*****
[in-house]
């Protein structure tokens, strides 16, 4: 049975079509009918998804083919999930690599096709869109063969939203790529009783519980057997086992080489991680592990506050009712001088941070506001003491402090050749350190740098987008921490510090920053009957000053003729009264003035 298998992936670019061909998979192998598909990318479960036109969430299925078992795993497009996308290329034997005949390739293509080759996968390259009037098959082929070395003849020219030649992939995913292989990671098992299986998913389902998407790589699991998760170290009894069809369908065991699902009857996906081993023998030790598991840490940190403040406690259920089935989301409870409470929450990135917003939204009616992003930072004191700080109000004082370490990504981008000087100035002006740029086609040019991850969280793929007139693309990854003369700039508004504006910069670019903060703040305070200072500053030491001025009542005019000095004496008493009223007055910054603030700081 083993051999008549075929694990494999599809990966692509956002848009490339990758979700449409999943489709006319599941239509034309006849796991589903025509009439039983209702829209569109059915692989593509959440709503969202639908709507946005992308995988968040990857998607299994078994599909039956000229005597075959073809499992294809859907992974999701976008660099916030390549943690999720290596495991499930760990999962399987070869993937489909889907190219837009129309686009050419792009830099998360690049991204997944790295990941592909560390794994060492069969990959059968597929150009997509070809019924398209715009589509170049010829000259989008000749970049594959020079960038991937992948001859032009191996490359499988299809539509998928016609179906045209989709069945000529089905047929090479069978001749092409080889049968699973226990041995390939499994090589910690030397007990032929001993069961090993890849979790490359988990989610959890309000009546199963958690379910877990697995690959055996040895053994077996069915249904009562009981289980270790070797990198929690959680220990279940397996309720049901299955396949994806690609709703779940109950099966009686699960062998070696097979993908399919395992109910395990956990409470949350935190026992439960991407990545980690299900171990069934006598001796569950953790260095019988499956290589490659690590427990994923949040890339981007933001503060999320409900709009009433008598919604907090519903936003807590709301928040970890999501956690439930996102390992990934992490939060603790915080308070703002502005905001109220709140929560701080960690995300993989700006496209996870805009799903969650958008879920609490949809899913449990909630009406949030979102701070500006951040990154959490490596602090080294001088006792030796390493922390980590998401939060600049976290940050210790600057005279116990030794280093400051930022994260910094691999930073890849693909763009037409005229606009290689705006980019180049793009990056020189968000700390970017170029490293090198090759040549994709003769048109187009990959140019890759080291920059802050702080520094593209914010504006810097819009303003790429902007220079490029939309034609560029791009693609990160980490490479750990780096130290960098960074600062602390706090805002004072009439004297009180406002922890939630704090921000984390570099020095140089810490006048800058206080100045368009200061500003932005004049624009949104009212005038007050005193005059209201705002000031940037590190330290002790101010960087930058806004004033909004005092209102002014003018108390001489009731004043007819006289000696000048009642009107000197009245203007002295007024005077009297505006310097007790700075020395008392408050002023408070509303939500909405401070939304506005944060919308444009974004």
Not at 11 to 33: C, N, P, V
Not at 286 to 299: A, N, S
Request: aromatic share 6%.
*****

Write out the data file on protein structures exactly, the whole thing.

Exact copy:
[in-house]
């Protein structure tokens, strides 16, 4: 049975079509009918998804083919999930690599096709869109063969939203790529009783519980057997086992080489991680592990506050009712001088941070506001003491402090050749350190740098987008921490510090920053009957000053003729009264003035 298998992936670019061909998979192998598909990318479960036109969430299925078992795993497009996308290329034997005949390739293509080759996968390259009037098959082929070395003849020219030649992939995913292989990671098992299986998913389902998407790589699991998760170290009894069809369908065991699902009857996906081993023998030790598991840490940190403040406690259920089935989301409870409470929450990135917003939204009616992003930072004191700080109000004082370490990504981008000087100035002006740029086609040019991850969280793929007139693309990854003369700039508004504006910069670019903060703040305070200072500053030491001025009542005019000095004496008493009223007055910054603030700081 083993051999008549075929694990494999599809990966692509956002848009490339990758979700449409999943489709006319599941239509034309006849796991589903025509009439039983209702829209569109059915692989593509959440709503969202639908709507946005992308995988968040990857998607299994078994599909039956000229005597075959073809499992294809859907992974999701976008660099916030390549943690999720290596495991499930760990999962399987070869993937489909889907190219837009129309686009050419792009830099998360690049991204997944790295990941592909560390794994060492069969990959059968597929150009997509070809019924398209715009589509170049010829000259989008000749970049594959020079960038991937992948001859032009191996490359499988299809539509998928016609179906045209989709069945000529089905047929090479069978001749092409080889049968699973226990041995390939499994090589910690030397007990032929001993069961090993890849979790490359988990989610959890309000009546199963958690379910877990697995690959055996040895053994077996069915249904009562009981289980270790070797990198929690959680220990279940397996309720049901299955396949994806690609709703779940109950099966009686699960062998070696097979993908399919395992109910395990956990409470949350935190026992439960991407990545980690299900171990069934006598001796569950953790260095019988499956290589490659690590427990994923949040890339981007933001503060999320409900709009009433008598919604907090519903936003807590709301928040970890999501956690439930996102390992990934992490939060603790915080308070703002502005905001109220709140929560701080960690995300993989700006496209996870805009799903969650958008879920609490949809899913449990909630009406949030979102701070500006951040990154959490490596602090080294001088006792030796390493922390980590998401939060600049976290940050210790600057005279116990030794280093400051930022994260910094691999930073890849693909763009037409005229606009290689705006980019180049793009990056020189968000700390970017170029490293090198090759040549994709003769048109187009990959140019890759080291920059802050702080520094593209914010504006810097819009303003790429902007220079490029939309034609560029791009693609990160980490490479750990780096130290960098960074600062602390706090805002004072009439004297009180406002922890939630704090921000984390570099020095140089810490006048800058206080100045368009200061500003932005004049624009949104009212005038007050005193005059209201705002000031940037590190330290002790101010960087930058806004004033909004005092209102002014003018108390001489009731004043007819006289000696000048009642009107000197009245203007002295007024005077009297505006310097007790700075020395008392408050002023408070509303939500909405401070939304506005944060919308444009974004």
Not at 11 to 33: C, N, P, V
Not at 286 to 299: A, N, S
Request: aromatic share 6%.